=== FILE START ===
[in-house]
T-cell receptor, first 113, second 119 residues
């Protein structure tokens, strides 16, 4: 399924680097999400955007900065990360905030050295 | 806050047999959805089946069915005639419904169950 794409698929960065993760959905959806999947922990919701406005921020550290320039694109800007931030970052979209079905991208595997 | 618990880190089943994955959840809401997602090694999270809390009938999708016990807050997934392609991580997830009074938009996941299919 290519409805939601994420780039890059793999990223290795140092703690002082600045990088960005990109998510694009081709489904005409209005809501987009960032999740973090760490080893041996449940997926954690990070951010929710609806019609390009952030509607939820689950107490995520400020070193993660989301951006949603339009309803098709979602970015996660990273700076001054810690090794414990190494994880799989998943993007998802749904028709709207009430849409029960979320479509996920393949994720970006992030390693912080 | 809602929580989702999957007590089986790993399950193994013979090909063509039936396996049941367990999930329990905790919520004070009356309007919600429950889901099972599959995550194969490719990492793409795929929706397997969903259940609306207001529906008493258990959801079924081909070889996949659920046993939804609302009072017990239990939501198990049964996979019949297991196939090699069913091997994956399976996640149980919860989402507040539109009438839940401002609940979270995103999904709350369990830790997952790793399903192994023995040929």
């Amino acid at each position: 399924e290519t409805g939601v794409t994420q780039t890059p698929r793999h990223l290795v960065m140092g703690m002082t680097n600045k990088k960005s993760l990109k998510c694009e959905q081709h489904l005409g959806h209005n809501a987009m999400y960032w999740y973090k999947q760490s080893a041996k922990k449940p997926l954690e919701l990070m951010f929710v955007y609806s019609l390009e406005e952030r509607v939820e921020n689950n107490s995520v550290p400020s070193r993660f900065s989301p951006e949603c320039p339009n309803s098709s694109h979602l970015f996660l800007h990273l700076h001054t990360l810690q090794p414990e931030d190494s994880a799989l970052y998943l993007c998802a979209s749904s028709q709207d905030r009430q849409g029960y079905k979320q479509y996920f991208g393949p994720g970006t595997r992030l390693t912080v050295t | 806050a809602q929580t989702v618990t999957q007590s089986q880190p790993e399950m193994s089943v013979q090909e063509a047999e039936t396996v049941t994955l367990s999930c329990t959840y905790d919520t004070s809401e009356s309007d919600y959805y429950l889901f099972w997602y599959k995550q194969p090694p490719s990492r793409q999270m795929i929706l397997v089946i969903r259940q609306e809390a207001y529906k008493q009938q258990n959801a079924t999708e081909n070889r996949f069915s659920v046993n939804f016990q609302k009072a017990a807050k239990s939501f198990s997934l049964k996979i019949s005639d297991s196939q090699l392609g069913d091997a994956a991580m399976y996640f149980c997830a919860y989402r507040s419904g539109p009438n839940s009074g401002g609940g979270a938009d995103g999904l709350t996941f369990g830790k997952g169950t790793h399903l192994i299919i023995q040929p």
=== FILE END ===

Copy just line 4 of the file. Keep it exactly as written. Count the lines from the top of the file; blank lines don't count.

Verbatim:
């Amino acid at each position: 399924e290519t409805g939601v794409t994420q780039t890059p698929r793999h990223l290795v960065m140092g703690m002082t680097n600045k990088k960005s993760l990109k998510c694009e959905q081709h489904l005409g959806h209005n809501a987009m999400y960032w999740y973090k999947q760490s080893a041996k922990k449940p997926l954690e919701l990070m951010f929710v955007y609806s019609l390009e406005e952030r509607v939820e921020n689950n107490s995520v550290p400020s070193r993660f900065s989301p951006e949603c320039p339009n309803s098709s694109h979602l970015f996660l800007h990273l700076h001054t990360l810690q090794p414990e931030d190494s994880a799989l970052y998943l993007c998802a979209s749904s028709q709207d905030r009430q849409g029960y079905k979320q479509y996920f991208g393949p994720g970006t595997r992030l390693t912080v050295t | 806050a809602q929580t989702v618990t999957q007590s089986q880190p790993e399950m193994s089943v013979q090909e063509a047999e039936t396996v049941t994955l367990s999930c329990t959840y905790d919520t004070s809401e009356s309007d919600y959805y429950l889901f099972w997602y599959k995550q194969p090694p490719s990492r793409q999270m795929i929706l397997v089946i969903r259940q609306e809390a207001y529906k008493q009938q258990n959801a079924t999708e081909n070889r996949f069915s659920v046993n939804f016990q609302k009072a017990a807050k239990s939501f198990s997934l049964k996979i019949s005639d297991s196939q090699l392609g069913d091997a994956a991580m399976y996640f149980c997830a919860y989402r507040s419904g539109p009438n839940s009074g401002g609940g979270a938009d995103g999904l709350t996941f369990g830790k997952g169950t790793h399903l192994i299919i023995q040929p």